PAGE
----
McGladrey says short, actionable, culturally relevant education initiatives on a regular schedule are recommended because “users don’t want to sleep through the mandatory ‘October is cybersecurity month,’ two-hour, PowerPoint presentations.”
Training modules should be short — five minutes or less — and sent out regularly. If possible, they should be tailored to an individual’s role in the organization, so that the finance department is receiving training about business email compromise (BEC) and identity validation procedures rather than the latest zero-day exploits, he says.
Finally, he says, the training should be appropriate for the organizational culture; the training that works for a Fortune 500 company looks very different from that for a 10-person services firm.”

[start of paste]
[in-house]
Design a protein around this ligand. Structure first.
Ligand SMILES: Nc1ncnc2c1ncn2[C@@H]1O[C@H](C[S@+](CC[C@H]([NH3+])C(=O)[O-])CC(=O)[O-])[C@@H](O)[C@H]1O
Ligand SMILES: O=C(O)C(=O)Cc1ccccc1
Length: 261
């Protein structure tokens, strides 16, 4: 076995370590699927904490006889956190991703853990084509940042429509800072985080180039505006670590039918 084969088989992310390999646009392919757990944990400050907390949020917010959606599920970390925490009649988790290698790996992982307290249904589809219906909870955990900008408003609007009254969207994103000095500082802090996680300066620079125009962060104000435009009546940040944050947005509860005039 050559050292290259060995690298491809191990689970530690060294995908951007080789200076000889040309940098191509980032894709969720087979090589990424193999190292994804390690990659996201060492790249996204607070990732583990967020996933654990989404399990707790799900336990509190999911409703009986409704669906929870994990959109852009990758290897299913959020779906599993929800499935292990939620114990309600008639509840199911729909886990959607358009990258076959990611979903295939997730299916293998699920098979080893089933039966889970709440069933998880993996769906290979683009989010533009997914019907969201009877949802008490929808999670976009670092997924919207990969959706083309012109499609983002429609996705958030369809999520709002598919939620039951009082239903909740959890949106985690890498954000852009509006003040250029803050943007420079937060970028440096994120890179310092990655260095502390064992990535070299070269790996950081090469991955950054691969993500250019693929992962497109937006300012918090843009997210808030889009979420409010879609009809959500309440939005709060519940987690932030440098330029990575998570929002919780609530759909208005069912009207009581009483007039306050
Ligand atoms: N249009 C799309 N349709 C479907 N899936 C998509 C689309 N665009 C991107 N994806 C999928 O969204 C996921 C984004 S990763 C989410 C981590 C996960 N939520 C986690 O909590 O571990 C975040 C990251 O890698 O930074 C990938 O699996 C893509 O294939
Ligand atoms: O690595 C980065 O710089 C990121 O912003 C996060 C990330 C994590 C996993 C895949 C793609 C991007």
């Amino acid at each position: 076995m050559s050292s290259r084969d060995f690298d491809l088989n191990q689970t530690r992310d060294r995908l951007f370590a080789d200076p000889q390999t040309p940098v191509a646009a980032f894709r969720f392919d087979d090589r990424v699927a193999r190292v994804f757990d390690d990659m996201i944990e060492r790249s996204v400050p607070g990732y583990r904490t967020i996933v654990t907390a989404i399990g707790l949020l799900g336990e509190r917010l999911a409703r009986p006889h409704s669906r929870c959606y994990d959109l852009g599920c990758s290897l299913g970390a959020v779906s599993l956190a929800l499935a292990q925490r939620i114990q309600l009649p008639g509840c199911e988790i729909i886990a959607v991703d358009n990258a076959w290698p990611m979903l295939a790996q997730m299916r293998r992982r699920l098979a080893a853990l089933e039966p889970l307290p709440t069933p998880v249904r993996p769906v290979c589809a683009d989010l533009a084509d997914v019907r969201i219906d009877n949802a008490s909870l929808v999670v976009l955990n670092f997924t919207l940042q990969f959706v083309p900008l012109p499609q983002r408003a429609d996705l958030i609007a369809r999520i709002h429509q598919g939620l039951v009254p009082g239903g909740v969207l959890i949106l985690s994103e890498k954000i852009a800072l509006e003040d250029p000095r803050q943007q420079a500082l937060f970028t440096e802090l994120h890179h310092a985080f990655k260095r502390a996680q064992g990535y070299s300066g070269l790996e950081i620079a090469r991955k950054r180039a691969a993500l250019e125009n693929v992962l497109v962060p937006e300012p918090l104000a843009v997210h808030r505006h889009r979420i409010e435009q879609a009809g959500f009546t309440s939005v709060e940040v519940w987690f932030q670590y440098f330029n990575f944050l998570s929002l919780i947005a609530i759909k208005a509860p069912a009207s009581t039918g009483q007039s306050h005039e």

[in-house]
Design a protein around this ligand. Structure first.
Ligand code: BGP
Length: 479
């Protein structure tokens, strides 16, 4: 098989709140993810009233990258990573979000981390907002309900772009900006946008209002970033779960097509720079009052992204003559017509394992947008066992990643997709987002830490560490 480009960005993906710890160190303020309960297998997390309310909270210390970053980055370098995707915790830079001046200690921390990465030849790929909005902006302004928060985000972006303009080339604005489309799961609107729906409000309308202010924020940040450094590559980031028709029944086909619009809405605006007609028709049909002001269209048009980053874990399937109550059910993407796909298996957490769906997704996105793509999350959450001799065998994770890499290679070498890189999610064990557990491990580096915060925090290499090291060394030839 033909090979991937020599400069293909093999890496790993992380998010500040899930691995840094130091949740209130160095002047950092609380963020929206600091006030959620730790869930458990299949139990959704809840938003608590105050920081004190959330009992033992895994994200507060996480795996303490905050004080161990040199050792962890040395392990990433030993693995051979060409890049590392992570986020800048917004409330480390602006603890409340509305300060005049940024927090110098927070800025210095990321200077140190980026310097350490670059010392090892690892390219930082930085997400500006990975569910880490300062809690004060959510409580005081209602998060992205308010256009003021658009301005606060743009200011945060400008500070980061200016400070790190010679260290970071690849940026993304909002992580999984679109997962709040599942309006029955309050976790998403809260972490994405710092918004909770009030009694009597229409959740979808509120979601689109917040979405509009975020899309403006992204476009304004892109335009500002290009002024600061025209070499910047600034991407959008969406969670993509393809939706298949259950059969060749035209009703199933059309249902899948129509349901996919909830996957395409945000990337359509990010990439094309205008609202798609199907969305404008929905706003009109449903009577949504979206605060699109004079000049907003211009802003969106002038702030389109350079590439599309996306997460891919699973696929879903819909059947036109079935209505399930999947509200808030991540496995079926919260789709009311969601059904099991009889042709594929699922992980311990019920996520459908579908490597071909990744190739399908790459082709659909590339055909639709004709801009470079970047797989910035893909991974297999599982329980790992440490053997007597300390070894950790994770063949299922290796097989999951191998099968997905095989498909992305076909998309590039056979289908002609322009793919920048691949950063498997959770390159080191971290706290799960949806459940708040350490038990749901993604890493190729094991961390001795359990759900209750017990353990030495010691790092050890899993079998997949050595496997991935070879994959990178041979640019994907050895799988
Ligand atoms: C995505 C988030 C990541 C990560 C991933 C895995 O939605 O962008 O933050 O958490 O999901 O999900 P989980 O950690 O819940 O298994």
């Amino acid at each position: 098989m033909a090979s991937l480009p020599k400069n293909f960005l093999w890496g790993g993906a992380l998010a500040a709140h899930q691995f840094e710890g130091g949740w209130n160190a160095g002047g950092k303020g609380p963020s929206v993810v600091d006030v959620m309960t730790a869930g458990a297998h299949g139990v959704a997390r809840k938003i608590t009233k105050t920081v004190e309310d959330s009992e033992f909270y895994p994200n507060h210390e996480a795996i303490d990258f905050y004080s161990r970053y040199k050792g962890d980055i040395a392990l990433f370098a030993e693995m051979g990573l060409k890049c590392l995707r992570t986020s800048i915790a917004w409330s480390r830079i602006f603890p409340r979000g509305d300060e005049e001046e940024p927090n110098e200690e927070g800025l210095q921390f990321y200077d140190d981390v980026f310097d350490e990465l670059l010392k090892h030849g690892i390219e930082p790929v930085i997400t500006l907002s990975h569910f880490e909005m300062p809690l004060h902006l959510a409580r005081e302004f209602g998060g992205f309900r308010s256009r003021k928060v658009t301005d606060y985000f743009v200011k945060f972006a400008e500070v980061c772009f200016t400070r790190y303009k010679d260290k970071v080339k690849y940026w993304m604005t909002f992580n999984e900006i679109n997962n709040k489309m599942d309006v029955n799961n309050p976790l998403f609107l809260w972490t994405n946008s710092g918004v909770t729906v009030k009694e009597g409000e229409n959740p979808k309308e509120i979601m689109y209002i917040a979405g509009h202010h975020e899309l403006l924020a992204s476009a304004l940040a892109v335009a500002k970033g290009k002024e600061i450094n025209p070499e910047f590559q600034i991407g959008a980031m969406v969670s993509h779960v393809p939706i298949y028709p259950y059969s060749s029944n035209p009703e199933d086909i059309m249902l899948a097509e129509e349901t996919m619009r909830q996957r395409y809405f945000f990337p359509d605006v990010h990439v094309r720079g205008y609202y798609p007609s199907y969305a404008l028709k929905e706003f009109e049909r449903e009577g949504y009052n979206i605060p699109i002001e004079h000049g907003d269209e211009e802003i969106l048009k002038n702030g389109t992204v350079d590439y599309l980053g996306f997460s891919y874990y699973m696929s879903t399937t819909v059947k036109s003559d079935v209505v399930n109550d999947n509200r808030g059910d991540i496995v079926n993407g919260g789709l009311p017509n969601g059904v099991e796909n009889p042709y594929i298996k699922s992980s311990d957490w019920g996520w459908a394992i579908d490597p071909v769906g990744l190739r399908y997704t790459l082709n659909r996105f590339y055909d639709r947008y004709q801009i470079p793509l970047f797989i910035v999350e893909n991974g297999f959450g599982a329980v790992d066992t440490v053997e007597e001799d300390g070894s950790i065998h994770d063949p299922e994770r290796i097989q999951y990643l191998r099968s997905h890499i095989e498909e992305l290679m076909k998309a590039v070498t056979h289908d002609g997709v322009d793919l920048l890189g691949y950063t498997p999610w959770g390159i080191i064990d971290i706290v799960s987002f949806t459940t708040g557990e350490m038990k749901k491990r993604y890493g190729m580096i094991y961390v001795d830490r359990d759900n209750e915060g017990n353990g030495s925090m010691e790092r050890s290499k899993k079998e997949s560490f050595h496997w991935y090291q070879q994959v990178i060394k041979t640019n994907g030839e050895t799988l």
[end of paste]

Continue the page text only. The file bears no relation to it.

Additionally, user security awareness training should not start with “How to spot phishing emails;” it should start “with educating users on why security awareness matters,” and explaining who the potential attackers are, according to Roselle Safran, president of Rosint Labs, a cybersecurity consultancy and the cybersecurity operations branch chief in the Obama White House.
“There are two words that come to mind when I consider what works best: consistency and relevance,” says Kathleen Hyde, chair of cybersecurity programs at Champlain College Online. Consistency, she explains, refers to organizations actively engaging in ongoing education, training, and testing programs for employees. Consistency also means end users developing and utilizing so-called best practices not just when they are being monitored, but each time they use a device that is connected to the Internet.